12 Tips for Successful Garage Sale-ing

One of life's simple pleasures is waking up early and rested on a Saturday morning, enjoying a cup of coffee with my husband, and preparing for the day's garage sale adventure. We cruise around together looking at the latest blooms, listening to tunes, and laughing at our dumb jokes. Slowing down, our only care finding neon garage sale signs and following them to the booty, is as fun for me as any date I've ever had with him. And then we get out of the car, walk up someone's driveway, and LET THE GARAGE SALE-ING GAMES BEGIN.

If you're new to the game and aren't sure how to get out there, check out these 12 tips for successful garage sale-ing. (Romance tips not included.)

1. Figure out where you're going: There are many different ways to plan your route for the day. Prior to leaving the house, you can check Craigslist for garage and estate sale listings in your area, OR as you drive throughout the week you can take mental/written notes of the physical signs being posted and go back to those locations on sale days, OR you can 'freestyle' and just start driving on Saturday morning (hitting major intersections) looking for the signs. I've had equal luck using all of these methods and found success has less to do with preparedness and more to do with the neighborhoods you visit. I try to stay in nicer areas with older home owners. They tend to have lots of interesting old pieces, things that stood the test of time, things that aren't plastic - 'rusty gold', if you will.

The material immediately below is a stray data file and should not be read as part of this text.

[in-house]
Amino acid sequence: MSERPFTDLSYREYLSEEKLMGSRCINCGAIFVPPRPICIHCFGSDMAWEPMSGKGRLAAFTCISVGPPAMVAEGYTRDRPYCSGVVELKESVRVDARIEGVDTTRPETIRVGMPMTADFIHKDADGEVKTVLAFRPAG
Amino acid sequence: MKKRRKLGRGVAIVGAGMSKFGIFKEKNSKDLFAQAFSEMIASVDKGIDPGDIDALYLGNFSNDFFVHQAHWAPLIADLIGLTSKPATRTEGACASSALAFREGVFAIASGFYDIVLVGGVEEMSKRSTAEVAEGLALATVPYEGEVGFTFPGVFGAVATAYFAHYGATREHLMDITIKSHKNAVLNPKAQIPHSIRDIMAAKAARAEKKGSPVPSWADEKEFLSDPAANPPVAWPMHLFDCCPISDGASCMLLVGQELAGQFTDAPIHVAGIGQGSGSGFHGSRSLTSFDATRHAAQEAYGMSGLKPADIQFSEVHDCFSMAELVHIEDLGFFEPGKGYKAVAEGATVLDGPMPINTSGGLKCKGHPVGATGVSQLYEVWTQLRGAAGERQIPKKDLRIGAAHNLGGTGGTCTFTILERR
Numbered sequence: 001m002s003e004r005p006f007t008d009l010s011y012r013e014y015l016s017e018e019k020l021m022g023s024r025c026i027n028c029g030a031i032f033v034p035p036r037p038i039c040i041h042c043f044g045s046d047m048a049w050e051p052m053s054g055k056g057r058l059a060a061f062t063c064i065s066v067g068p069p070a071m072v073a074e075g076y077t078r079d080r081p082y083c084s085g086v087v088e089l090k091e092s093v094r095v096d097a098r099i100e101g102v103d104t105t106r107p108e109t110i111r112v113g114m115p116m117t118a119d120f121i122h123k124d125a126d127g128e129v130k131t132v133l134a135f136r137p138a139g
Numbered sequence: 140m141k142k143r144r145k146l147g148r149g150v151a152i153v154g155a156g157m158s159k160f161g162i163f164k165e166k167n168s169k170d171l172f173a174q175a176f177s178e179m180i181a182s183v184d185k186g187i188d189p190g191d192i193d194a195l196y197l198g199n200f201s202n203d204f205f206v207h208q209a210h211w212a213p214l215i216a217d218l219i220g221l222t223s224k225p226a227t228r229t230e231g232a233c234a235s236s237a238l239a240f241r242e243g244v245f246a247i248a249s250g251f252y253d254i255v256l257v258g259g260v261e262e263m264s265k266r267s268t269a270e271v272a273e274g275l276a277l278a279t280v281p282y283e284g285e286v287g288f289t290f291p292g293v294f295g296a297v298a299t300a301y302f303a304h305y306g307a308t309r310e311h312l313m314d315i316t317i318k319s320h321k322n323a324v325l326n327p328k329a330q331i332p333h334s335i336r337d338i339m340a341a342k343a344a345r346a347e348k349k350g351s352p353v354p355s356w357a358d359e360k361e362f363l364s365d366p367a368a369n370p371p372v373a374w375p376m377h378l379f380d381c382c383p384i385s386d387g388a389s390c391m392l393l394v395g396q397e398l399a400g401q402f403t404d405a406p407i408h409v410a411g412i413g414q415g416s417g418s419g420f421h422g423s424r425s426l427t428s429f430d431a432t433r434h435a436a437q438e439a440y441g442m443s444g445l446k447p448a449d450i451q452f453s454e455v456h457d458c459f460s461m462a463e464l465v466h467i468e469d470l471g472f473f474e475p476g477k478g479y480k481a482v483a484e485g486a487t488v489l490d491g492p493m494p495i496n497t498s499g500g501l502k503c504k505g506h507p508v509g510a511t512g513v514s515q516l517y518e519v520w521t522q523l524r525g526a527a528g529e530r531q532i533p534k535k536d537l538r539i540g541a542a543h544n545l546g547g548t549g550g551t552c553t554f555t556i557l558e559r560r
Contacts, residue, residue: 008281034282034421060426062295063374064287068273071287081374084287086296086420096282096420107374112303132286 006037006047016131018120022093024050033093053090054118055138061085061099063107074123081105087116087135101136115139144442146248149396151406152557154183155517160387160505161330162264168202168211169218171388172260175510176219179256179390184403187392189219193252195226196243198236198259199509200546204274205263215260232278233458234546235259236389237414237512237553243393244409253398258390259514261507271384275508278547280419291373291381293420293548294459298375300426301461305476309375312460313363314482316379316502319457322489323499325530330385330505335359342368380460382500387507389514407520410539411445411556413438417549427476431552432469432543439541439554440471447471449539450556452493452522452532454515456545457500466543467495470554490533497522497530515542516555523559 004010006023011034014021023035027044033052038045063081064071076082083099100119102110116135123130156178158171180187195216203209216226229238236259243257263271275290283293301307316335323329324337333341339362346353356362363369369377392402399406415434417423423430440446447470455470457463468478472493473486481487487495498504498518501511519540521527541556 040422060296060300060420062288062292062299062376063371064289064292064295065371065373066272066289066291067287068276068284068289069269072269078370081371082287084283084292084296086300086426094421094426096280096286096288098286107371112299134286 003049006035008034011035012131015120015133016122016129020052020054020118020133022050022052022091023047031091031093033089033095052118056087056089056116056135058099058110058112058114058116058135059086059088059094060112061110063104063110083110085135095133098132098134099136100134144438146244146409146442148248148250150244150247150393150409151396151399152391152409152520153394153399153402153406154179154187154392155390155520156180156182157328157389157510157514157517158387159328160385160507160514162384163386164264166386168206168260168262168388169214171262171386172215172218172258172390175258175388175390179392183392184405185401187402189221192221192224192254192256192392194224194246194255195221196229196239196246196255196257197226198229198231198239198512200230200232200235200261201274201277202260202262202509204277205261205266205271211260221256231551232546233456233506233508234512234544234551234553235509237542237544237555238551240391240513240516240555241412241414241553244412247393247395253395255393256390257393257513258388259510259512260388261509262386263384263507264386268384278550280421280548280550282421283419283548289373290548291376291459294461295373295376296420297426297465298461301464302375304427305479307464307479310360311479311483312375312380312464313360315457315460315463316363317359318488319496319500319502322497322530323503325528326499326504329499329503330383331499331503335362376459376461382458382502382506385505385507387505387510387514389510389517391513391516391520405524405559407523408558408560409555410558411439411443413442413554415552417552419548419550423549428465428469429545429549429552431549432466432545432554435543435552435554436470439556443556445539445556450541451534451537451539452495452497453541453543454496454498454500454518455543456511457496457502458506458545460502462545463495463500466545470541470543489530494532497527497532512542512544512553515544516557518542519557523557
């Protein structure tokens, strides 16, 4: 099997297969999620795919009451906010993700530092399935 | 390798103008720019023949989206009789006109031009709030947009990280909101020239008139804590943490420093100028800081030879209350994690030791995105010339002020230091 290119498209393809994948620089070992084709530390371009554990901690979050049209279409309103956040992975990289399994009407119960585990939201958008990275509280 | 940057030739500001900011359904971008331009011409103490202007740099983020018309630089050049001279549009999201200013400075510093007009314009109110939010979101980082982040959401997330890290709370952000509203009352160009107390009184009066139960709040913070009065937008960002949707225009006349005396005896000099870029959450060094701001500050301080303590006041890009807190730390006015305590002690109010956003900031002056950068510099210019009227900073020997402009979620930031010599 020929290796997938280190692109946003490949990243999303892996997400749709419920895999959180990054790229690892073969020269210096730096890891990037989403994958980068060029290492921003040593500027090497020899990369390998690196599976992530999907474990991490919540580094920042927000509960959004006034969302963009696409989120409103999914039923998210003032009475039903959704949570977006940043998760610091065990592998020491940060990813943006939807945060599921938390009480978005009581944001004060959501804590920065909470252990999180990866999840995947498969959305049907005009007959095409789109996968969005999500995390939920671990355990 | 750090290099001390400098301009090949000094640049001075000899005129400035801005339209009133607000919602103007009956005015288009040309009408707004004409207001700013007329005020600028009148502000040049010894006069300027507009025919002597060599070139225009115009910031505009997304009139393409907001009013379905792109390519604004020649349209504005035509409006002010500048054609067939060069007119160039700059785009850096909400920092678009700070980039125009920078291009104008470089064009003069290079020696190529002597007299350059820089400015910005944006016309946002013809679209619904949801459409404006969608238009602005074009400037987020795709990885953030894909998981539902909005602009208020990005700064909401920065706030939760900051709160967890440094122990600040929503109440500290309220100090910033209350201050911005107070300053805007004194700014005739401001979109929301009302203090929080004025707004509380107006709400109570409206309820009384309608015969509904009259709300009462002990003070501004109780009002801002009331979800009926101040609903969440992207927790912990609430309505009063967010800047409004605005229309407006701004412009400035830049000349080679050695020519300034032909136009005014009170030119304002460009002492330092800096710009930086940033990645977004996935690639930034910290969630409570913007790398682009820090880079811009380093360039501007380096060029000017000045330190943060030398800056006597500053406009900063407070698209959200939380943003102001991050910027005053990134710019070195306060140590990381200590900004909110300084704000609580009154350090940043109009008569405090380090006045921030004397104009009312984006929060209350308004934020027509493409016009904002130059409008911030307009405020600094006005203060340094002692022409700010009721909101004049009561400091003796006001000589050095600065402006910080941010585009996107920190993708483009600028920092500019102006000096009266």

2. Start early: The good stuff is first to go. Being at a sale when it opens give you the advantage of a fully stocked drive way - wait too long and all the cherries are gone. Plus, you have the additional benefit of missing the broiling heat of the day if you start an finish before noon. I usually get to my first sale no later than 9am.

3. Make eye contact and smile: The first thing I do when I arrive at a sale is make eye contact with the seller and greet them with a smile and a 'howdy' - hell, I try to make friends with them. Aside from it just being good manners, I find people are more likely to give a 'friend' a deal, than they are to a 'stranger'.

4. Know what you're looking for... Having a list of needs (good tools, pieces of furniture, hardware, etc.) and wants (things you collect, 'pretties', novelties, etc.) fresh in your mind will help you stay focused. If I know I need chairs, gardening equipment, and childrens' clothing, I can scan the premise and zero in on those things right away. After determining if they have anything to satisfy my needs, I move on to my wants.